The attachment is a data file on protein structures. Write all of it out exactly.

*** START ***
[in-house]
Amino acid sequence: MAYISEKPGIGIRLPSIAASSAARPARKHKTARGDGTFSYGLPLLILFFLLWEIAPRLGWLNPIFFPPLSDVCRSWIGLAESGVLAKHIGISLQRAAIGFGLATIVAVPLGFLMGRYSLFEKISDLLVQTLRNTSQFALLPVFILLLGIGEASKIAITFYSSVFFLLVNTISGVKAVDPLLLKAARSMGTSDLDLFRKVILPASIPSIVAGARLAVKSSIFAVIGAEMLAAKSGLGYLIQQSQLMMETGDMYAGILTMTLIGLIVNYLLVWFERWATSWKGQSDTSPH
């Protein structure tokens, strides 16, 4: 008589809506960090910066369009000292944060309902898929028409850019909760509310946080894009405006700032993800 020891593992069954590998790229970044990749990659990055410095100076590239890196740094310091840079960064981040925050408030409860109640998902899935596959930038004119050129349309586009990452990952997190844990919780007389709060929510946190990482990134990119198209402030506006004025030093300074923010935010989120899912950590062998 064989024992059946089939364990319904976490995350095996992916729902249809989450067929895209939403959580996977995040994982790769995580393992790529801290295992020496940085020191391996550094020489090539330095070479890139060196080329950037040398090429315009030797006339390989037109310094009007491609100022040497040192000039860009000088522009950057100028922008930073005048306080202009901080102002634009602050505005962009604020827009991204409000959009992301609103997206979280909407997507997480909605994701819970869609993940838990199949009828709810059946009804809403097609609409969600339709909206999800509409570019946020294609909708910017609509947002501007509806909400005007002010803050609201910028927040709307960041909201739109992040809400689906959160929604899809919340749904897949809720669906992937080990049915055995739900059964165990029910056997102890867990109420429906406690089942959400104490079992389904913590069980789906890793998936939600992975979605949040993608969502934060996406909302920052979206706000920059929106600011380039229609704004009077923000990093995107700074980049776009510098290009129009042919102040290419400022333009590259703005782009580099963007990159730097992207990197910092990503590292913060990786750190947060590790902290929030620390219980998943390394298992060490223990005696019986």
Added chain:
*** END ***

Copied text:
[in-house]
Amino acid sequence: MAYISEKPGIGIRLPSIAASSAARPARKHKTARGDGTFSYGLPLLILFFLLWEIAPRLGWLNPIFFPPLSDVCRSWIGLAESGVLAKHIGISLQRAAIGFGLATIVAVPLGFLMGRYSLFEKISDLLVQTLRNTSQFALLPVFILLLGIGEASKIAITFYSSVFFLLVNTISGVKAVDPLLLKAARSMGTSDLDLFRKVILPASIPSIVAGARLAVKSSIFAVIGAEMLAAKSGLGYLIQQSQLMMETGDMYAGILTMTLIGLIVNYLLVWFERWATSWKGQSDTSPH
């Protein structure tokens, strides 16, 4: 008589809506960090910066369009000292944060309902898929028409850019909760509310946080894009405006700032993800 020891593992069954590998790229970044990749990659990055410095100076590239890196740094310091840079960064981040925050408030409860109640998902899935596959930038004119050129349309586009990452990952997190844990919780007389709060929510946190990482990134990119198209402030506006004025030093300074923010935010989120899912950590062998 064989024992059946089939364990319904976490995350095996992916729902249809989450067929895209939403959580996977995040994982790769995580393992790529801290295992020496940085020191391996550094020489090539330095070479890139060196080329950037040398090429315009030797006339390989037109310094009007491609100022040497040192000039860009000088522009950057100028922008930073005048306080202009901080102002634009602050505005962009604020827009991204409000959009992301609103997206979280909407997507997480909605994701819970869609993940838990199949009828709810059946009804809403097609609409969600339709909206999800509409570019946020294609909708910017609509947002501007509806909400005007002010803050609201910028927040709307960041909201739109992040809400689906959160929604899809919340749904897949809720669906992937080990049915055995739900059964165990029910056997102890867990109420429906406690089942959400104490079992389904913590069980789906890793998936939600992975979605949040993608969502934060996406909302920052979206706000920059929106600011380039229609704004009077923000990093995107700074980049776009510098290009129009042919102040290419400022333009590259703005782009580099963007990159730097992207990197910092990503590292913060990786750190947060590790902290929030620390219980998943390394298992060490223990005696019986």
Added chain: